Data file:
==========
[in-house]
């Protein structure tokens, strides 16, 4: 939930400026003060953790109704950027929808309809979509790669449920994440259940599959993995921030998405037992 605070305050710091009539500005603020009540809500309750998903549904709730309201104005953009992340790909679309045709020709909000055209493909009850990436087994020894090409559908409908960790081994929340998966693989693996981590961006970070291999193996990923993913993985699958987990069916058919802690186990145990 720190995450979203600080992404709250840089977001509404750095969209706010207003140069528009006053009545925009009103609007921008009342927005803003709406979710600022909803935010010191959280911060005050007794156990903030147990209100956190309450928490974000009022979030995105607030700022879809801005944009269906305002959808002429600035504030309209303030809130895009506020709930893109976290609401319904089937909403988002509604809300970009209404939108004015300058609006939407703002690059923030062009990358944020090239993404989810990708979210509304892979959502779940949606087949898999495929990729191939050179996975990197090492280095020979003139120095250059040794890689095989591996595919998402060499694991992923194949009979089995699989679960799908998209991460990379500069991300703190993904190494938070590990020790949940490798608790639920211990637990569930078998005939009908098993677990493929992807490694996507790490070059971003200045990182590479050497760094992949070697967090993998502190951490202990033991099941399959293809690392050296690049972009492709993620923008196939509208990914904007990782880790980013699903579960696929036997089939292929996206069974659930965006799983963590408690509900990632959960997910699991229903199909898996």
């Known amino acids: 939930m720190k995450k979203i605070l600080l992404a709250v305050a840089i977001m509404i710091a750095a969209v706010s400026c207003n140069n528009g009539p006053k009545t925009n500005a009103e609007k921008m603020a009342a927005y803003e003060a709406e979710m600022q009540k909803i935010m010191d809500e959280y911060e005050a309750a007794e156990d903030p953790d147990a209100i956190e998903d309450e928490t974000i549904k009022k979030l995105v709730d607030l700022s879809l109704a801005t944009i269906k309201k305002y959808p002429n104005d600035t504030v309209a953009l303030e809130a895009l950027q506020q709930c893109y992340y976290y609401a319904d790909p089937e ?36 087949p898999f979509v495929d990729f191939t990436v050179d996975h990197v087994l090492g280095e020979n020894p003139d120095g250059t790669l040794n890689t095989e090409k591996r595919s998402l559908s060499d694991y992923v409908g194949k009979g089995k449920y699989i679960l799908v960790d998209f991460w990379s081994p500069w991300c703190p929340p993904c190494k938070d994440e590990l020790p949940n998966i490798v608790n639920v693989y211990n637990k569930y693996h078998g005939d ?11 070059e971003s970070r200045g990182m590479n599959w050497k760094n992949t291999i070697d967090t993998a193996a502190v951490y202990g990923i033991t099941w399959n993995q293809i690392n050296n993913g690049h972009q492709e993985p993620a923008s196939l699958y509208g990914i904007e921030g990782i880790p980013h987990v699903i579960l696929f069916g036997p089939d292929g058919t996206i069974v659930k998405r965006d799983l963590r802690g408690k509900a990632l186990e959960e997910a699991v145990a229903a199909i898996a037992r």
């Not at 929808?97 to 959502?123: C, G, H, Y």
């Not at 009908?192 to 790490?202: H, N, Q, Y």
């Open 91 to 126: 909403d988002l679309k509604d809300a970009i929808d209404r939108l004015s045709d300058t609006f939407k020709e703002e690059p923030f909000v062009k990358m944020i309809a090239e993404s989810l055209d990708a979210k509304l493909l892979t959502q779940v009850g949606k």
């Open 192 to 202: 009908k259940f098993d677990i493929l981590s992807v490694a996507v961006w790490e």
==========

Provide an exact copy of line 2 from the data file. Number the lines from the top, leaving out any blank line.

């Protein structure tokens, strides 16, 4: 939930400026003060953790109704950027929808309809979509790669449920994440259940599959993995921030998405037992 605070305050710091009539500005603020009540809500309750998903549904709730309201104005953009992340790909679309045709020709909000055209493909009850990436087994020894090409559908409908960790081994929340998966693989693996981590961006970070291999193996990923993913993985699958987990069916058919802690186990145990 720190995450979203600080992404709250840089977001509404750095969209706010207003140069528009006053009545925009009103609007921008009342927005803003709406979710600022909803935010010191959280911060005050007794156990903030147990209100956190309450928490974000009022979030995105607030700022879809801005944009269906305002959808002429600035504030309209303030809130895009506020709930893109976290609401319904089937909403988002509604809300970009209404939108004015300058609006939407703002690059923030062009990358944020090239993404989810990708979210509304892979959502779940949606087949898999495929990729191939050179996975990197090492280095020979003139120095250059040794890689095989591996595919998402060499694991992923194949009979089995699989679960799908998209991460990379500069991300703190993904190494938070590990020790949940490798608790639920211990637990569930078998005939009908098993677990493929992807490694996507790490070059971003200045990182590479050497760094992949070697967090993998502190951490202990033991099941399959293809690392050296690049972009492709993620923008196939509208990914904007990782880790980013699903579960696929036997089939292929996206069974659930965006799983963590408690509900990632959960997910699991229903199909898996």